Teachers fight to keep long holiday

TEACHERS VOWED yesterday to fight to protect their traditional long summer holiday. The National Association of Schoolmasters Union of Women Teachers (NASUWT) said the six-week summer break was their "last perk" and threatened to boycott radical plans being drawn up in some areas to introduce a five-term school year.

Local authority leaders are developing proposals to revamp the centuries- old school year, familiar to generations of schoolchildren. East Sussex, Essex and Newham councils are canvassing parents and education workers on proposals for a five-term year, and similar plans are being considered across London.

Under the proposals, the traditional Christmas, spring and summer terms would be scrapped and replaced with five equal-length terms. Half-term holidays would be abolished and the current six-week summer break would be cut to four weeks. Nigel de Gruchy, general secretary of the NASUWT, told the annual conference in Eastbourne that staff might react by simply turning up for their traditional three-term year, if the reforms went ahead.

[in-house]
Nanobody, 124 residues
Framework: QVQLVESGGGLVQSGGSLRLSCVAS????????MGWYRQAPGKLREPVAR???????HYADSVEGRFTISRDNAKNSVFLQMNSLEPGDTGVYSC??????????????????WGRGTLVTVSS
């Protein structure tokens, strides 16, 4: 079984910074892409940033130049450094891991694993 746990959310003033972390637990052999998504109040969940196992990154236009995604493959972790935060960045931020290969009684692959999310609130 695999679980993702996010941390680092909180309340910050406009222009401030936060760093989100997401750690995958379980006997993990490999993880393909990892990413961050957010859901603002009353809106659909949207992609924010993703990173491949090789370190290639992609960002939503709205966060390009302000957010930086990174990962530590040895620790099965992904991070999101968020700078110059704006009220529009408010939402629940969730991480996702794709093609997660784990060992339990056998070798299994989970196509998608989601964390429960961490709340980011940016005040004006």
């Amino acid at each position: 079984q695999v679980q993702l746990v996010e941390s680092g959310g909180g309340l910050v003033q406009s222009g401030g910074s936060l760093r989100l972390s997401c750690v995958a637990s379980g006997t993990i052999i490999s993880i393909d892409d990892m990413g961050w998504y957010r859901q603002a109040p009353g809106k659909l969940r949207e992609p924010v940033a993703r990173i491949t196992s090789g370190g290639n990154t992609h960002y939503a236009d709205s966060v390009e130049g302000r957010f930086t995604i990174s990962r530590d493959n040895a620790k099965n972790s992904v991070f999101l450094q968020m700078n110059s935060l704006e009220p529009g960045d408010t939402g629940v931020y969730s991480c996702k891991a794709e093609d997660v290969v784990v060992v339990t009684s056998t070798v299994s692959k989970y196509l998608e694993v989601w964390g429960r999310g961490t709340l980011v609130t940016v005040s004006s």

"The last perk of the teaching profession is the long summer holiday and they had better keep it," he said. "Teachers need it and the kids need it as much. It's absolute nonsense to think that children will forget things during the summer. If they cannot remember for five weeks, what is education worth?

"It is only happening locally because they realise that if they came up-front with a straightforward proposal to shorten teachers' holidays, they would be faced with revolt." Critics of the traditional year argue that it is based largely on the needs of harvest-time, and say children lose out because of the lengthy annual gap in their schooling. Graham Lane, education chairman of the Local Government Association, said there was no evidence that a long summer break benefited either pupils or their teachers.

He said: "The idea that you need six weeks of summer holiday to recover is interesting when you compare it with every other job in the country. There is no evidence they need a long summer holiday - if holidays were more spread out, teachers would have less stress. We have to consider what is best for the children."

Delegates unanimously backed a motion calling on teachers to oppose any change to the school year. They also attacked any move to extend the length of the working year. The conference was told changes to holiday patterns would play havoc with families' plans and require a wholesale rethink of teaching.

Ian Draper, of the union's national executive, said: "Much of the work we do in schools is devised around a three-term year or six half-term blocks. This is going to drive a coach and horses through it."